WASHINGTON, D.C. — A series of recent audits and investigations across three states have revealed close to a thousand polling places that are non-compliant with the Americans with Disabilities Act (ADA) or are otherwise inaccessible to voters with disabilities.
An analysis of the 2022 midterm elections by the organizations Detroit Disability Power (DDP) and the Carter Center revealed an overwhelming number of inaccessible polling locations in Detroit, Michigan and 14 surrounding suburbs. Of the audited cities, a whopping 84% of voting locations were plagued with barriers or impediments to voting for those with disabilities.
The issues included impassable sidewalks, inaccessible and unclear building entrances and voting booths too high for those in wheelchairs. Fourteen of the 15 observed cities also had polling locations that lacked fully accessible voting booths. The audit additionally found numerous polling sites that only featured stairs and lacked unblocked ramps or lacked ramps altogether. DDP executive director Dessa Cosma said most of the solutions to these issues don’t even cost money, they simply require “some intentionality and some forethought.”
While it is concerning that only 16% of Detroit and surrounding cities’ voting locations are fully accessible, voters in some regions are plagued by even worse conditions. An analysis by the Houston Chronicle found that of 701 voting locations in Harris County, Texas — the third most populous county in the nation — just two were fully compliant with the ADA. Three hundred of the 701 evaluated sites were not only noncompliant, but also couldn’t be made fully accessible through temporary modifications to the sites.
Early voting locations in Harris County fare no better. Of the 68 early voting sites, not even one is fully compliant, and more than one-third cannot be made compliant through temporary changes.
Hinds County, Mississippi, home to the state capital of Jackson, is failing to ensure accessible polling locations even after being held in contempt of court this August for failing to bring the county courthouse into ADA compliance and previously entering into a consent decree over polling place accessibility. According to an assessment from Disability Rights Mississippi (DRM) at least 10 polling places in the county have significant accessibility issues.
Issues with the polling places in Hinds County include a lack of accessible parking, incomplete voting machine equipment designed for those with disabilities, unclear signage and missing curb cuts to make wheelchair movement easier.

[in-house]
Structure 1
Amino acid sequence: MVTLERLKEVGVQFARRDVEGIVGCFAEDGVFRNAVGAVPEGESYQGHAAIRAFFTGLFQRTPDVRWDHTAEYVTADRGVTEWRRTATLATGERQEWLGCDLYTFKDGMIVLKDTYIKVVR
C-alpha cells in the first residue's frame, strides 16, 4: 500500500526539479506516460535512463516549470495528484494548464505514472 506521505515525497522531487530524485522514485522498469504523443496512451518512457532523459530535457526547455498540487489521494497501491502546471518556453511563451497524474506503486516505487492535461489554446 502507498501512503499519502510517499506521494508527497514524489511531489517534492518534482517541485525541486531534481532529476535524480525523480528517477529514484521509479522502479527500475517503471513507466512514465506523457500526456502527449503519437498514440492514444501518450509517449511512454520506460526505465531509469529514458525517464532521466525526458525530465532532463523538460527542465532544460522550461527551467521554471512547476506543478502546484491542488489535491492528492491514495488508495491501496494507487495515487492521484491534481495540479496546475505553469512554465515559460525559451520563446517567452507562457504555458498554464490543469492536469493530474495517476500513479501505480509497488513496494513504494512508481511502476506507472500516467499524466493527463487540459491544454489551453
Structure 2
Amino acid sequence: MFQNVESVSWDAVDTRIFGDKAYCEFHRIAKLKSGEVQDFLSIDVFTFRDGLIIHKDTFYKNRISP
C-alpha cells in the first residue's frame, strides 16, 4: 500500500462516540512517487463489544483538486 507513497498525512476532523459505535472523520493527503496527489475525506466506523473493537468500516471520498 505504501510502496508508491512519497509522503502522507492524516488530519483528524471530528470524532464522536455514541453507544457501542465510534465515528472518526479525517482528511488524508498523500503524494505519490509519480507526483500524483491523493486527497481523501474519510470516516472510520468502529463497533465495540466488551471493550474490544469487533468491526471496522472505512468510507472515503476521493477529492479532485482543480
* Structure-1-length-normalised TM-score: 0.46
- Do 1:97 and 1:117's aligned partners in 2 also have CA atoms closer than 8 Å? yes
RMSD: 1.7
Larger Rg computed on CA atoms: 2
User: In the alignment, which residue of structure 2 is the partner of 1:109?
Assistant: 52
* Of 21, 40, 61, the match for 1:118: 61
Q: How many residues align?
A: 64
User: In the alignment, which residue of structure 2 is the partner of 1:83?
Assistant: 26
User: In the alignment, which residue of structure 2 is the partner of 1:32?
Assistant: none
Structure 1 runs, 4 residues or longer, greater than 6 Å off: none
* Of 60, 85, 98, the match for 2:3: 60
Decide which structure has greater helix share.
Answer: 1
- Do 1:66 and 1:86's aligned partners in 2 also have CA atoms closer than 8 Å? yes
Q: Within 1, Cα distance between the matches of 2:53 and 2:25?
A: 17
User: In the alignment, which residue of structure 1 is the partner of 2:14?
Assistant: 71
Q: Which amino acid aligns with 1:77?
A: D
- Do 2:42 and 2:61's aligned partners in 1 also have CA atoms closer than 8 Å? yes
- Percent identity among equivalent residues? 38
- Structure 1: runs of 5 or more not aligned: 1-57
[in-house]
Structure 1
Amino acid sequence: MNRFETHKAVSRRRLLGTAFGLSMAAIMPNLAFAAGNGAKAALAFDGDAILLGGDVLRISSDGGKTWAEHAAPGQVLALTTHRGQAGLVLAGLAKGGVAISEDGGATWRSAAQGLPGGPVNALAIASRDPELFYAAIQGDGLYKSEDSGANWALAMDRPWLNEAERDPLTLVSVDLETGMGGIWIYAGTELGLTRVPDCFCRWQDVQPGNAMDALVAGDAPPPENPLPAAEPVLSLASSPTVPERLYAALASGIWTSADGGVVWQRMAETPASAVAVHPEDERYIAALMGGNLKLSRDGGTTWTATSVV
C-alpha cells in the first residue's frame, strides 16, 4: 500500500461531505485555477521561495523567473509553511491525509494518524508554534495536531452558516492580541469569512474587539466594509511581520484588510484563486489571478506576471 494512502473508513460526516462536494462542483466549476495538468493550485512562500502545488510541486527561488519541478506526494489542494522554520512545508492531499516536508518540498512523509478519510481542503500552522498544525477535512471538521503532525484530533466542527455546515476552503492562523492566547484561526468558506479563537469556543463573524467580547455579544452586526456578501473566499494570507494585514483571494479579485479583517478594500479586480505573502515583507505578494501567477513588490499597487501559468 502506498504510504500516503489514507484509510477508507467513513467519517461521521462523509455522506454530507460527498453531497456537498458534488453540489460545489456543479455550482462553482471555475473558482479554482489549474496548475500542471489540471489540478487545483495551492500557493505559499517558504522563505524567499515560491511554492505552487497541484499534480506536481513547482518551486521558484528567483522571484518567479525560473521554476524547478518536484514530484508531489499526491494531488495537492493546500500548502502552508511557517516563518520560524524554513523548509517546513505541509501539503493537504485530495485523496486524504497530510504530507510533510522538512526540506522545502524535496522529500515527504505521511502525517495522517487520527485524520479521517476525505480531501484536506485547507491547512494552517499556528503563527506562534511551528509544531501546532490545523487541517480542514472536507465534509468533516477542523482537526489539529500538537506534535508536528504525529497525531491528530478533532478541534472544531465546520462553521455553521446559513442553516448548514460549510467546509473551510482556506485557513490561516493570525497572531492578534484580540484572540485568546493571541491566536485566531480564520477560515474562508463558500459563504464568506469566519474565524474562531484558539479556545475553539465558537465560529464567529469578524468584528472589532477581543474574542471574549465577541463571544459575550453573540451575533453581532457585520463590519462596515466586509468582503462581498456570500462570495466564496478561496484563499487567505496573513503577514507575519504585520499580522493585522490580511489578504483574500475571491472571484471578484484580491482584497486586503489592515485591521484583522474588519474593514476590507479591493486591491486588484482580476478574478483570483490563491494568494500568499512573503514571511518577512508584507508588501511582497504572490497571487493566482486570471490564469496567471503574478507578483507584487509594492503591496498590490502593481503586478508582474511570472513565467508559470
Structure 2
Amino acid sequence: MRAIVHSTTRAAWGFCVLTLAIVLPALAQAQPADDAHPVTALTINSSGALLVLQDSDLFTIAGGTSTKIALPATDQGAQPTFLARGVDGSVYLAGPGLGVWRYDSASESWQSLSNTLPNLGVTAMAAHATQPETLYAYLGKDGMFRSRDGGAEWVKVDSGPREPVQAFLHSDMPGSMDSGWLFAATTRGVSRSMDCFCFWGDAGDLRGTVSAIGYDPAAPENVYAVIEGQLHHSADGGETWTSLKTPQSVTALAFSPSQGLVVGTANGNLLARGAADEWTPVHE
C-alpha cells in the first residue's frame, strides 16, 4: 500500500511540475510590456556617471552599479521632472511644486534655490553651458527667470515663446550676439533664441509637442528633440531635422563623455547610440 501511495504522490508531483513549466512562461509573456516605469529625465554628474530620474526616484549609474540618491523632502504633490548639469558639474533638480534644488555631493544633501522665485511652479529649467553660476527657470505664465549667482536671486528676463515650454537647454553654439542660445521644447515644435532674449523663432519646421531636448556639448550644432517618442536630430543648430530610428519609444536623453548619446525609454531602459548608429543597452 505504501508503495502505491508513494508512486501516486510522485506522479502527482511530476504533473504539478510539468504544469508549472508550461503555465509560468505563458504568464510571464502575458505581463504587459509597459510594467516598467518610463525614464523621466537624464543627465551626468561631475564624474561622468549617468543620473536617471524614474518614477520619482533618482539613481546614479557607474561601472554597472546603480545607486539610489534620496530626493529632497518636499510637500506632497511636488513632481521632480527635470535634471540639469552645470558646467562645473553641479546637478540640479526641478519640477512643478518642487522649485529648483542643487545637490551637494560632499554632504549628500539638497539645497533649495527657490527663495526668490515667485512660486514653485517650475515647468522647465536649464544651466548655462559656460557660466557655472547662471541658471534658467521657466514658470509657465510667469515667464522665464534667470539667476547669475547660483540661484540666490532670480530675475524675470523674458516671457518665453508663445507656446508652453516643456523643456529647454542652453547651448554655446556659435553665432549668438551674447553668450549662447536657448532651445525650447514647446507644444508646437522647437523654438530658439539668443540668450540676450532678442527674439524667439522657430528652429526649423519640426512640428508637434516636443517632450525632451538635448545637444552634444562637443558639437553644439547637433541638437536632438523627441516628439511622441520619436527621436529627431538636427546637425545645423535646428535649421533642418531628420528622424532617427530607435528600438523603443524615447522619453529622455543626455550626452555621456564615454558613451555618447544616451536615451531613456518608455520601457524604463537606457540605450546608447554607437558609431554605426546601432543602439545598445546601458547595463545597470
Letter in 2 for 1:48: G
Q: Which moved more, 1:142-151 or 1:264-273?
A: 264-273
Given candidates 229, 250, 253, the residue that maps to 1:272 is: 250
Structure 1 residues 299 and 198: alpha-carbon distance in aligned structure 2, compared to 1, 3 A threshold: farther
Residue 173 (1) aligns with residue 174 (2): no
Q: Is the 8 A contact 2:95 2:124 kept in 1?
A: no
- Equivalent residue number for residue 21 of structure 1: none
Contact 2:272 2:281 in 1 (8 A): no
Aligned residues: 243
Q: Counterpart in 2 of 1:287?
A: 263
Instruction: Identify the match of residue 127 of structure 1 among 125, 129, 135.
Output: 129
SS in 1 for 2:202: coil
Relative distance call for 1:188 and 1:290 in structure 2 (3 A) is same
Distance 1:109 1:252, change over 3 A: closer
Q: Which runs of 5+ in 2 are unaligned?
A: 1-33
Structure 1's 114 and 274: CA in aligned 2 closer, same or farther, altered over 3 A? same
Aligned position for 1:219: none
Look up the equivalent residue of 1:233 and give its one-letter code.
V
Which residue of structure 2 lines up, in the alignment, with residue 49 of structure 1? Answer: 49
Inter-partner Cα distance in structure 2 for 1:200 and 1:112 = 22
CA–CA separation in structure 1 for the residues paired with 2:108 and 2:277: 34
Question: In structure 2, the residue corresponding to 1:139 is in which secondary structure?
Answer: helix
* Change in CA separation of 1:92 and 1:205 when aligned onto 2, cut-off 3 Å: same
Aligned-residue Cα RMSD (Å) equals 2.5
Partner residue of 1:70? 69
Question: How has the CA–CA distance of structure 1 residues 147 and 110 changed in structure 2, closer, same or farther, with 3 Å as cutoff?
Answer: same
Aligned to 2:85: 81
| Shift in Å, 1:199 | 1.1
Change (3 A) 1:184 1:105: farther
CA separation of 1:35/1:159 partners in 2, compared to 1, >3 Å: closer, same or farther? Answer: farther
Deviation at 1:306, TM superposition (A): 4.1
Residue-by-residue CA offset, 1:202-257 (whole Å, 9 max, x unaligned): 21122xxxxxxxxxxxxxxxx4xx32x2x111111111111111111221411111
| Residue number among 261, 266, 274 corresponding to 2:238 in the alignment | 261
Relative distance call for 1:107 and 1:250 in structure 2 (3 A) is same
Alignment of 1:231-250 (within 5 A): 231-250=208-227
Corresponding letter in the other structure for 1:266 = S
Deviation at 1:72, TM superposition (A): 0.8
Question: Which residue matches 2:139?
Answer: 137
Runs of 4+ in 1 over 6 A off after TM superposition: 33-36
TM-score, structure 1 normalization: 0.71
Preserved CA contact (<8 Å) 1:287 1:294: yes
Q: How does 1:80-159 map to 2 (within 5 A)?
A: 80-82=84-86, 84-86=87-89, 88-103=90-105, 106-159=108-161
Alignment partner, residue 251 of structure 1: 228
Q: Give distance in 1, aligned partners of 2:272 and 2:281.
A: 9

Those associated with DRM have said they hope at least some of the issues are fixed in time for upcoming elections, and the group previously sent a letter detailing their findings to the county elections commission and board of supervisors.
Multiple lawsuits challenging inaccessible voting policies are currently being litigated in at least five different states.
In Alabama, four voters who are blind or have a print disability and the National Federation of the Blind of Alabama are challenging the state’s absentee voting system in a lawsuit filed earlier this month. They claim the system is inaccessible for those who are blind or have print disabilities since the state does not allow voters to vote on accessible electronic ballots, yet permits citizens living overseas and in the military to use the practice.
A case in Michigan, filed by DDP and other groups, challenges a state law that makes it a misdemeanor to “hire a motor vehicle” to transport voters to the polls unless they are “physically unable to walk,” which is especially burdensome to voters with disabilities. One of the plaintiffs in the case is Detroit Disability Power
To the south in Missouri, a few groups and voters allege that certain state laws — that prohibit volunteers who are not immediate family members or election judges from assisting more than one voter with a physical disability or who cannot read or write completing their ballots —violate the Voting Rights Act (VRA). This case is currently paused pending a decision in a similar lawsuit in Arkansas.
Lastly, a Mississippi disability rights group and others brought a lawsuit against the state over its recently passed law, which stipulates that only election officials, postal workers, family members, household members or caregivers can assist voters with disabilities in returning their completed mail-in ballots. The plaintiffs specifically claim that the new law “risks disenfranchising entirely blind, disabled, or low-literacy voters” in violation of Section 208 of the VRA, a key tool to protect voters who need assistance at the polls.
After a judge temporarily blocked the law, the Mississippi attorney general and secretary of state appealed the decision to the 5th U.S. Circuit Court of Appeals where we await a decision.